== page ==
The Bantam Seawolves took second place in Houston after a penalty shootout loss in the tournament’s final game. (Submitted photo)

Seawolves surge

The Bantam Seawolves came second in the Houston Bantam Tournament

The Bantam Seawolves had a strong showing in the Houston Bantam Hockey Tournament on Oct. 28 and 29, finishing in second place after losing in a penalty shootout to Smithers.

Head coach Bruce Watkinson said he was happy with the team’s play on both the offensive and defensive side of the puck despite the disappointing result.

“I was really impressed with our play all weekend,” he said.

The Seawolves started the tournament with a commanding 11-0 victory over Burns Lake. Aiden Watkinson and Mitch Mann led the attack with two goals apiece while goaltender Brevin Jack recorded the shutout.

“We had a great game,” Watkinson said. “It was a very well rounded, team effort.”

Solid team defense was key to Prince Rupert’s second victory of the tournament, a 2-1 victory against Smithers, which they led from the beginning of the game. Atkinson said puck control was the key to getting goal scoring opportunities.

“I was really happy with the way the defense corps played,” he said. “It made our breakouts much easier.”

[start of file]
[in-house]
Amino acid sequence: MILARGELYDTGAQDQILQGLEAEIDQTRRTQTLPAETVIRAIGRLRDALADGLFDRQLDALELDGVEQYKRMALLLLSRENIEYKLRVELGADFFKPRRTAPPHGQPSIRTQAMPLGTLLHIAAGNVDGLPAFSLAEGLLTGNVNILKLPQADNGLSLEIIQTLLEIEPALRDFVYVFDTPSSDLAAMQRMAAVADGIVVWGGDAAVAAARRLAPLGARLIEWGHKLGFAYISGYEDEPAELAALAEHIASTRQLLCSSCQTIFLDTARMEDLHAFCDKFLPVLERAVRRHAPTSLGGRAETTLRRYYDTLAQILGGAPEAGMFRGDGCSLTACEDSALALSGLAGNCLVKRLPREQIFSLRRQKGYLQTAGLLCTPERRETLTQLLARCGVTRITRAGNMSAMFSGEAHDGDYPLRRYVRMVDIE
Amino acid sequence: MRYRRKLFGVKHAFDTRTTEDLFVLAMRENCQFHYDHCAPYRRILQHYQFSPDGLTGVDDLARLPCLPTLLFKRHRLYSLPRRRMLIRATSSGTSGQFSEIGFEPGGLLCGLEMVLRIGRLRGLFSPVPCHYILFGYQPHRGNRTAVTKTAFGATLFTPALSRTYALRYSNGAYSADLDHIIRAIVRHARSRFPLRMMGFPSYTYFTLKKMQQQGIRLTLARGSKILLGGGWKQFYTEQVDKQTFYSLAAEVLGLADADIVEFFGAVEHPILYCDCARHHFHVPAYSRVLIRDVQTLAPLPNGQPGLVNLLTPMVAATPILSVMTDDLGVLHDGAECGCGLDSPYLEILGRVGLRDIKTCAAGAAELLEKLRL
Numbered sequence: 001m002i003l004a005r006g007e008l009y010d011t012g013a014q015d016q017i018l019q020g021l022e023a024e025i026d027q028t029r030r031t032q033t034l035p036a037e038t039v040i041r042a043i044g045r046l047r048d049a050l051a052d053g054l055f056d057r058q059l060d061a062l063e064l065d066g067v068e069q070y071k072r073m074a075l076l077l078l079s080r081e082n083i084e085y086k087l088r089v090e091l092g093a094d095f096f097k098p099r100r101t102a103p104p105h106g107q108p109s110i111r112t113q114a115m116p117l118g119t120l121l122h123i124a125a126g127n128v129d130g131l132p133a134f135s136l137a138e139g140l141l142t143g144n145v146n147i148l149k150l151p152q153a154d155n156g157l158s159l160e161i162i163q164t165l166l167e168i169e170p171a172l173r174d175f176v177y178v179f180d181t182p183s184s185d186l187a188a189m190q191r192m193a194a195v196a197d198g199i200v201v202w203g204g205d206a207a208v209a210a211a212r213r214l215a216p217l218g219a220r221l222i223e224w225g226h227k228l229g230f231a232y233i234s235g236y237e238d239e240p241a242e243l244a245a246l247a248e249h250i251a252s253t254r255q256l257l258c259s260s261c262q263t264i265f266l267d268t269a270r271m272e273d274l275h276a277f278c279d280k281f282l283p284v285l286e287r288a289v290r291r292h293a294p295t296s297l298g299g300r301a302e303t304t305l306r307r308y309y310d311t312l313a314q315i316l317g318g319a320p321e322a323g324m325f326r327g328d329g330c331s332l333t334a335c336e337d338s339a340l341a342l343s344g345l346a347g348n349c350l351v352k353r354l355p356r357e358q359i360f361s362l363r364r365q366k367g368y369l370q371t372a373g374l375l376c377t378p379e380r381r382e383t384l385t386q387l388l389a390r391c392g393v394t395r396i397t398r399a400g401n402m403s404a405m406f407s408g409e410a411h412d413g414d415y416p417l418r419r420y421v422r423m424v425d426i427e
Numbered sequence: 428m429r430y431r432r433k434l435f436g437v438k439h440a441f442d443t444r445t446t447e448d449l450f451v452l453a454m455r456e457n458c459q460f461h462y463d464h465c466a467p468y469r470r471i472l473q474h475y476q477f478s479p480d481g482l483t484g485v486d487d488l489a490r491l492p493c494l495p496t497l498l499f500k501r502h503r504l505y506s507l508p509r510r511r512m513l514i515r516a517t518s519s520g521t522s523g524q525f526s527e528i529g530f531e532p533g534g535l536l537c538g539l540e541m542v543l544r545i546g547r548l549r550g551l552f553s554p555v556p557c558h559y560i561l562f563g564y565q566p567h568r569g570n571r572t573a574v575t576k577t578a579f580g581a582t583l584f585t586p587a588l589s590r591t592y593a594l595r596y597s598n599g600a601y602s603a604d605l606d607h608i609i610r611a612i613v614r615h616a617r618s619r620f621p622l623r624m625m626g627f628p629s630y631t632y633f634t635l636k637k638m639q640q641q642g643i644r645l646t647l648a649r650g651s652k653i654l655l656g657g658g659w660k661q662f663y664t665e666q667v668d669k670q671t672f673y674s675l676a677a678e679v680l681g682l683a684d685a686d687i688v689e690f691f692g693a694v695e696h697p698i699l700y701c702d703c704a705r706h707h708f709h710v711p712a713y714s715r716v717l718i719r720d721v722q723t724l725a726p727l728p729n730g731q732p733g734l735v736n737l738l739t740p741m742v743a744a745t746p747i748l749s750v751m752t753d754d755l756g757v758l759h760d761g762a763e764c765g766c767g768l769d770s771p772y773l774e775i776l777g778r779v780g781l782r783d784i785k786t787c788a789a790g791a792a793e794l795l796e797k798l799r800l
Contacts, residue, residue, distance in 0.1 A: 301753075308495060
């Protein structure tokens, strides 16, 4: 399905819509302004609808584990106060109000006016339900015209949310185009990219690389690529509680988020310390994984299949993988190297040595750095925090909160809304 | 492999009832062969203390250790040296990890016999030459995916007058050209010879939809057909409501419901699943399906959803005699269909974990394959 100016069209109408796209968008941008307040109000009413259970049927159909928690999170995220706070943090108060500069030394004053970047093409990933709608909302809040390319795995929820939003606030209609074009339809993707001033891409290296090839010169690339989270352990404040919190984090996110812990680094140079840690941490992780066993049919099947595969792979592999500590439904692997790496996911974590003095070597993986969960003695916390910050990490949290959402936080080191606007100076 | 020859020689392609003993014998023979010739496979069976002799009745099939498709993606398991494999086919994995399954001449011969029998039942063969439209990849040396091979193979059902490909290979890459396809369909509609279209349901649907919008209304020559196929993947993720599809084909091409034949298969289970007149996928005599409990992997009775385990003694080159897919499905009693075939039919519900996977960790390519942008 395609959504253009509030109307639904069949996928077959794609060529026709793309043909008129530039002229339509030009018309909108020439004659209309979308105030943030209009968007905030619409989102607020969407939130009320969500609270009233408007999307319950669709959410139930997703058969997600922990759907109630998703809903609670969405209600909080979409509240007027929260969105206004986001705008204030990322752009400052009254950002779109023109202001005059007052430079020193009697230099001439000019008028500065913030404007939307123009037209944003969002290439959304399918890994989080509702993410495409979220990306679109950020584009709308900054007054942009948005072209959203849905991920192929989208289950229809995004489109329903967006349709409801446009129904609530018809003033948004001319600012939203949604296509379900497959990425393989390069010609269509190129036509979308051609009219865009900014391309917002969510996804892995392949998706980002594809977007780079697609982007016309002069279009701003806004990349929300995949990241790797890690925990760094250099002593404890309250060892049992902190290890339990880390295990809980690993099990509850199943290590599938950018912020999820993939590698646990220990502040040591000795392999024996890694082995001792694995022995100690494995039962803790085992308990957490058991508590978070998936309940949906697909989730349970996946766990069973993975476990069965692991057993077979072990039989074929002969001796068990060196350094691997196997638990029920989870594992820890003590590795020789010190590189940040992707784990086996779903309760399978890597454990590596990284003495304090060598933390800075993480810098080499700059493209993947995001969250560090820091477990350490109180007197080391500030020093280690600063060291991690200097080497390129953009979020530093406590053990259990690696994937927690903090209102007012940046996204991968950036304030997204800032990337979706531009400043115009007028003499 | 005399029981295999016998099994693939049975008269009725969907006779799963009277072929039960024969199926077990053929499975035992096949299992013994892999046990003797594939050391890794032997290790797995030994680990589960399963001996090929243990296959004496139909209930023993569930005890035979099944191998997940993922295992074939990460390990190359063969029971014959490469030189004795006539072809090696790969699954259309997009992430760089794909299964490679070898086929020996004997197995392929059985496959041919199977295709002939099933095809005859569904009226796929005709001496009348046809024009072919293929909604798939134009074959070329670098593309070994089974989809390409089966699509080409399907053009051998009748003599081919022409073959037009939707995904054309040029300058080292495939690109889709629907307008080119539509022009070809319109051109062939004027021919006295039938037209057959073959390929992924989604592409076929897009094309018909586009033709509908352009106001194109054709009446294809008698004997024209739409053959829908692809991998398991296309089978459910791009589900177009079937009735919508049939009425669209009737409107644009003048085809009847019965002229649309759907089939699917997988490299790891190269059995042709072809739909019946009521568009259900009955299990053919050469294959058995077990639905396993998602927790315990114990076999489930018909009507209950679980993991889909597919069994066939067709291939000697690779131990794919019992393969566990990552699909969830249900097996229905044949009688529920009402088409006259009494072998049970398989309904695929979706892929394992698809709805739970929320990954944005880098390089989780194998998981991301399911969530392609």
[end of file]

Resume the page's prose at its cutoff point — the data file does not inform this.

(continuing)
The Seawolves finished first place among the five teams competing in the tournament, and cruised through their semi-final game against Fort St. James 9-0 on Oct. 29 to set up the finals against Smithers.

In the final game, Prince Rupert took a 2-1 lead into the third period, and looked good for the victory. However, two minor penalties late in the game gave Smithers the opportunity to tie the game at the end of regulation. The game immediately went to a penalty shootout, which Smithers won scoring one goal while Prince Rupert missed on all three attempts.

The Seawolves will look to get redemption in their next game against Smithers on Nov. 18. Watkinson said the biggest lesson his team can take from the weekend is finding a way to finish and close out games where they have an advantage.

“We have to avoid finding ways to beat ourselves,” he said. “With the untimely penalties, at times we can be our own worst enemies.”

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